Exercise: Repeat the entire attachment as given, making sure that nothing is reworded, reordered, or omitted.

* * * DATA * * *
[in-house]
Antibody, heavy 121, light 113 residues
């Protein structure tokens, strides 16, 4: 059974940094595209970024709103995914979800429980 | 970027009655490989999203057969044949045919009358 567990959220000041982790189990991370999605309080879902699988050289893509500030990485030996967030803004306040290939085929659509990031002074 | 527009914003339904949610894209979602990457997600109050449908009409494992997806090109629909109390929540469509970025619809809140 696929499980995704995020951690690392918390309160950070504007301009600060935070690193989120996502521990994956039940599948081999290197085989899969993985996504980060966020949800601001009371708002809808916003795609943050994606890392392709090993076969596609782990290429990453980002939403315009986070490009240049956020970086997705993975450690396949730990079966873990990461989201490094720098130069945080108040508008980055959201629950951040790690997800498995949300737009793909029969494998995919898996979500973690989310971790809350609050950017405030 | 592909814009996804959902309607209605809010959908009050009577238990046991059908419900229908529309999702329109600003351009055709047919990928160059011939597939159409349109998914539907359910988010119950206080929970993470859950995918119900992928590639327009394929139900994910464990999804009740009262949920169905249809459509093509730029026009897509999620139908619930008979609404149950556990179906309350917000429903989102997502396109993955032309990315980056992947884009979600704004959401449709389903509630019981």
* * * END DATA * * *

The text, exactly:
[in-house]
Antibody, heavy 121, light 113 residues
């Protein structure tokens, strides 16, 4: 059974940094595209970024709103995914979800429980 | 970027009655490989999203057969044949045919009358 567990959220000041982790189990991370999605309080879902699988050289893509500030990485030996967030803004306040290939085929659509990031002074 | 527009914003339904949610894209979602990457997600109050449908009409494992997806090109629909109390929540469509970025619809809140 696929499980995704995020951690690392918390309160950070504007301009600060935070690193989120996502521990994956039940599948081999290197085989899969993985996504980060966020949800601001009371708002809808916003795609943050994606890392392709090993076969596609782990290429990453980002939403315009986070490009240049956020970086997705993975450690396949730990079966873990990461989201490094720098130069945080108040508008980055959201629950951040790690997800498995949300737009793909029969494998995919898996979500973690989310971790809350609050950017405030 | 592909814009996804959902309607209605809010959908009050009577238990046991059908419900229908529309999702329109600003351009055709047919990928160059011939597939159409349109998914539907359910988010119950206080929970993470859950995918119900992928590639327009394929139900994910464990999804009740009262949920169905249809459509093509730029026009897509999620139908619930008979609404149950556990179906309350917000429903989102997502396109993955032309990315980056992947884009979600704004959401449709389903509630019981």